I've been taking a bit of slack from family and friends for my recent airport post. Some (and I won't mention names for Kathy's sake) actually called me a smart-alick, although that is the PG version. Anyway, to redeem myself I thought I would post our Ward Newsletter. I was in charge of writing the letter for March and our theme was Provident Living. Anyway, if you need a good sleeper enjoy...
Reportedly, Eleanor Roosevelt once said, “if you want to know what people value, check their checkbooks.” If Eleanor Roosevelt were still living today, she might say “if you want to know what people value, check their monthly credit card statement.”
Monthly debit and credit card statements tell and interesting story. They truly tell where one is placing their value and spending hard earned resources. What might Mrs. Roosevelt demise from a quick glance at our monthly financial statements? Would she see wise, sound, spending habits? Perhaps. She may also wonder about transactions referring to cable, satellite, internet, cell phones, DVD’s, electronics, multiple car payments, frivolous beauty supplies, excessive clothing, and various fast food and restaurant bills. During this time of economic struggles, determining value and what exactly is of value is essential for many families to stay afloat.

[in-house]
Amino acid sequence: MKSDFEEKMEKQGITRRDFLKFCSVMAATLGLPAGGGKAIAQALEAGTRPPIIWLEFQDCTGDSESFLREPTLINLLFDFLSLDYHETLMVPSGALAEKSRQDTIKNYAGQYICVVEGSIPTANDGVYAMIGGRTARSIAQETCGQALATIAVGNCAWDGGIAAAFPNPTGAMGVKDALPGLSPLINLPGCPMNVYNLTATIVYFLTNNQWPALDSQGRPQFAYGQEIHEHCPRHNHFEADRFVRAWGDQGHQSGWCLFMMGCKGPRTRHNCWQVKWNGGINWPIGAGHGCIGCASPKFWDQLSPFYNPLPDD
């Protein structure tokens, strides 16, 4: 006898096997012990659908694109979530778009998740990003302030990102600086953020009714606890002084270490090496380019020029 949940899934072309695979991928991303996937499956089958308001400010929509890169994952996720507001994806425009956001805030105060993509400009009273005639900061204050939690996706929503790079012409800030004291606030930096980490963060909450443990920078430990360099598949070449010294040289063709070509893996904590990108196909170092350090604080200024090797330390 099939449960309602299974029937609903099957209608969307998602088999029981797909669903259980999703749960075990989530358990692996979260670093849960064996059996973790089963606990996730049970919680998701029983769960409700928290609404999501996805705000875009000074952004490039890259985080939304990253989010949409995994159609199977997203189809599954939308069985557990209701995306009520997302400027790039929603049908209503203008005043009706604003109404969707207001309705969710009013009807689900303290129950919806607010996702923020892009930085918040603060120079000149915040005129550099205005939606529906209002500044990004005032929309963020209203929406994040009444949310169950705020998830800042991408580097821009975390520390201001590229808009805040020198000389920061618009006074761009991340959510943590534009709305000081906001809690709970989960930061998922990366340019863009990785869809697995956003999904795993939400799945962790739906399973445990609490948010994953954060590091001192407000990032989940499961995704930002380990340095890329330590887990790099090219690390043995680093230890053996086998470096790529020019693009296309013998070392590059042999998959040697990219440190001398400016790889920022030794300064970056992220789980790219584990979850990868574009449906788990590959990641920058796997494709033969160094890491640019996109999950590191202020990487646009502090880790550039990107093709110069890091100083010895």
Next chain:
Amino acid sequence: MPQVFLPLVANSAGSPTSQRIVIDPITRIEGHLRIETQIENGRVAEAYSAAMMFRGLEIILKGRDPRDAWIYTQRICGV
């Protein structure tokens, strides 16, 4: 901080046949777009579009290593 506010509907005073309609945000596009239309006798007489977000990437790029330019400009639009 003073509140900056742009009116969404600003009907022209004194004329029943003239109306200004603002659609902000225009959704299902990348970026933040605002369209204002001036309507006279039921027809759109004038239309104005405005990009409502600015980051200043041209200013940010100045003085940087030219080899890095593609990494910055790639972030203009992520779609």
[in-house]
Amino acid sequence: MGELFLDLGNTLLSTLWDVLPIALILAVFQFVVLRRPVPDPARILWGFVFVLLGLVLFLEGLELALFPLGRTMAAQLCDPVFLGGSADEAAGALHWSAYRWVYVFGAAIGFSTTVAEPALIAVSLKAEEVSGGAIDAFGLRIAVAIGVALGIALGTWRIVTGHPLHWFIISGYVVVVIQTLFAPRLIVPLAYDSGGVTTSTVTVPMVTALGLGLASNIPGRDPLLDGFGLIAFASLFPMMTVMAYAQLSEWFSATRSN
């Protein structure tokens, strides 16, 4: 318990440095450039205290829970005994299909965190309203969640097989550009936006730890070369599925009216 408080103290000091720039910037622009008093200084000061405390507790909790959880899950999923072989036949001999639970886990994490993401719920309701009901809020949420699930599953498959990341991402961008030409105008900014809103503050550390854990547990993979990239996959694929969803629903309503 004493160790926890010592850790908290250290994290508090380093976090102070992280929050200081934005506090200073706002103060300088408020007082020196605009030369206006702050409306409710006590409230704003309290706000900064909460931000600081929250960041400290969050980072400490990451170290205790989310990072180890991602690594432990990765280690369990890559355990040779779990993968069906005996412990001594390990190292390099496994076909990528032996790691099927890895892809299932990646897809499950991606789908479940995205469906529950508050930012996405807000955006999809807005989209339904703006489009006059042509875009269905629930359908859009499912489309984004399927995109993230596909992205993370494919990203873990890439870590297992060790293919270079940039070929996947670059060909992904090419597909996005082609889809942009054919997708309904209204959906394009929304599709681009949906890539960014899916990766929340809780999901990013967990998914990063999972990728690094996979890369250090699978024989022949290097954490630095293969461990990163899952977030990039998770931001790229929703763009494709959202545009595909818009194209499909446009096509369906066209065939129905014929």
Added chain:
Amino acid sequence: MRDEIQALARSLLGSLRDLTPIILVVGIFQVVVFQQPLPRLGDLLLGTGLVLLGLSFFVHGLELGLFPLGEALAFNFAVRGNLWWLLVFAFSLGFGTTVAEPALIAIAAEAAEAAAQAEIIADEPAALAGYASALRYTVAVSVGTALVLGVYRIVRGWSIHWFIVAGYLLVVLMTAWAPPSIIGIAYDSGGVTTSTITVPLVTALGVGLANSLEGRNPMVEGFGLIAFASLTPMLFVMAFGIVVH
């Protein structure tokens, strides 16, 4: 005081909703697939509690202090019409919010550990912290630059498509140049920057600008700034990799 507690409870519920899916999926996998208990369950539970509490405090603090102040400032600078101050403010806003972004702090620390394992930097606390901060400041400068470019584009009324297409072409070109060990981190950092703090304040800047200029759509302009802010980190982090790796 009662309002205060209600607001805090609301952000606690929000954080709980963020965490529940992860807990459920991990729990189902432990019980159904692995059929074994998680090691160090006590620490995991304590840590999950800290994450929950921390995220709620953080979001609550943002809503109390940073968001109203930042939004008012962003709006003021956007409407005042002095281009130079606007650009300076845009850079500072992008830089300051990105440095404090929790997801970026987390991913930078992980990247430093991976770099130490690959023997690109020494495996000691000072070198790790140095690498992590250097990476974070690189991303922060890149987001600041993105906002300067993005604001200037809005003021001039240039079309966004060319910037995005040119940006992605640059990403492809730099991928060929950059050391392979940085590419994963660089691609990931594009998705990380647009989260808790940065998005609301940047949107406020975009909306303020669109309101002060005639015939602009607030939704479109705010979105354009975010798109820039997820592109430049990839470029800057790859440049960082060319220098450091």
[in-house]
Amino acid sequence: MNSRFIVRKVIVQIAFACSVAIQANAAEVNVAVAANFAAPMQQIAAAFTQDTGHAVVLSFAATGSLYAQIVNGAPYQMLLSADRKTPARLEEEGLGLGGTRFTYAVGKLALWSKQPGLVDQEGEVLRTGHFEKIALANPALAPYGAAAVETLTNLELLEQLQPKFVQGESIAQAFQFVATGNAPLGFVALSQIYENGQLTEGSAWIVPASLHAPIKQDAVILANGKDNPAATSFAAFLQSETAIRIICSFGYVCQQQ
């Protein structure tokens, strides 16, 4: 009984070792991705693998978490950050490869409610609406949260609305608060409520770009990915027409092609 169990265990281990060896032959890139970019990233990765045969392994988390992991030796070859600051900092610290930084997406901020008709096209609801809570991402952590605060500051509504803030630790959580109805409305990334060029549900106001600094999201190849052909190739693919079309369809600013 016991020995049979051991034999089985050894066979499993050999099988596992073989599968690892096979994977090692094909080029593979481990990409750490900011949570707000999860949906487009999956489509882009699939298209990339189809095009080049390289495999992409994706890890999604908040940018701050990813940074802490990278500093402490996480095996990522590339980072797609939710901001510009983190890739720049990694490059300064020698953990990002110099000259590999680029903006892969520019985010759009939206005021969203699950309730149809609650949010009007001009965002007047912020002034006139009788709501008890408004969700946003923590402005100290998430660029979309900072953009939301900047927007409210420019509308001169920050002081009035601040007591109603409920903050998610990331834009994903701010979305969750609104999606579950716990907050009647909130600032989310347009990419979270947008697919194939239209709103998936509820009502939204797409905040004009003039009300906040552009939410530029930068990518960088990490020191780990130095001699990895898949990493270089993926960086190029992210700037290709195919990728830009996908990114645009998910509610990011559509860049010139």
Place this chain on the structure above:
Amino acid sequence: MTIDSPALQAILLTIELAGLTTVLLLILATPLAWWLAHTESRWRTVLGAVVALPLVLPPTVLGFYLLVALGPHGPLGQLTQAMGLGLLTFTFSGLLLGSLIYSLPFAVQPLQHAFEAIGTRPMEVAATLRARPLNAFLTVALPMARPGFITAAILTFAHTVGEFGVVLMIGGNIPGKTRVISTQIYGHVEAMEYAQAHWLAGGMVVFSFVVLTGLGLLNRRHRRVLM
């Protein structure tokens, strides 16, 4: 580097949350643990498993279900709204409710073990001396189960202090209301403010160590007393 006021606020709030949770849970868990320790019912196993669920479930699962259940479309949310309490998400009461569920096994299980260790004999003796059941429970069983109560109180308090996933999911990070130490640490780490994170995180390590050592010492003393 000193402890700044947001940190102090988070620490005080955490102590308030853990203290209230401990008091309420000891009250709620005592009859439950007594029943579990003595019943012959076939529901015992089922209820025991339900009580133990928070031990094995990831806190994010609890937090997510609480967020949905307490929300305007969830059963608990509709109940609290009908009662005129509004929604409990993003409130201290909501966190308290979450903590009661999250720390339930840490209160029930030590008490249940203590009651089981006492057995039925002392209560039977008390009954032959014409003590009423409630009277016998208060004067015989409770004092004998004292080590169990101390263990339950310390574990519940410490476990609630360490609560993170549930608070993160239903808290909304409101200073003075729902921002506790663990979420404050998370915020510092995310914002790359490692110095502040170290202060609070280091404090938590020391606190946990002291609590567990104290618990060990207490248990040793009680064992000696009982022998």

Determining family essentials is truly one of the more challenging and eye-opening tasks of our day. The advertising industry is very effective in changing our wants into needs. The temptations are often overwhelming to acquire more than we can afford. Monthly financial statements can be filled with wants compared to actual needs. Unlike our forbearers who found challenge in affording their needs, we often find challenge in affording our wants.
Since the early days of the restored Church, Latter-day Saints have been counseled to live within their means, to avoid debt, and to get out of debt. Nonetheless, we may be struggling or we may know of family and friends that are struggling. Rest assured that rough economic times affect all of Heavenly Father’s children and faithful members are just as vulnerable to losing jobs or experiencing a reduced income. Therefore, the blessings to faithful members come from following the counsel of our Prophets and Apostles as we continually seek to live within our means.
Elder L. Tom Perry of the Quorum of the Twelve Apostles reiterated this counsel “live within your means. Get out of debt. Keep out of debt. Lay by for a rainy day which has always come and will come again. Practice and increase your habits of thrift, industry, economy, and frugality” (“If Ye Are Prepared Ye Shall Not Fear,” Ensign, Nov. 1995, 36).
We are living in an economic cycle right now that many of us have never experienced before. During these financial struggles, families are encouraged to communicate, counsel together, and determine what is truly of value and then go to the Lord with a financial plan in place. Regardless of the circumstances in which we find ourselves, if we first pay our obligation to the Lord and then use wisdom and good judgment in determining true needs, the Lord will help us manage the resources He has given us.
J.D. Griffith, Second Counselor
4 years ago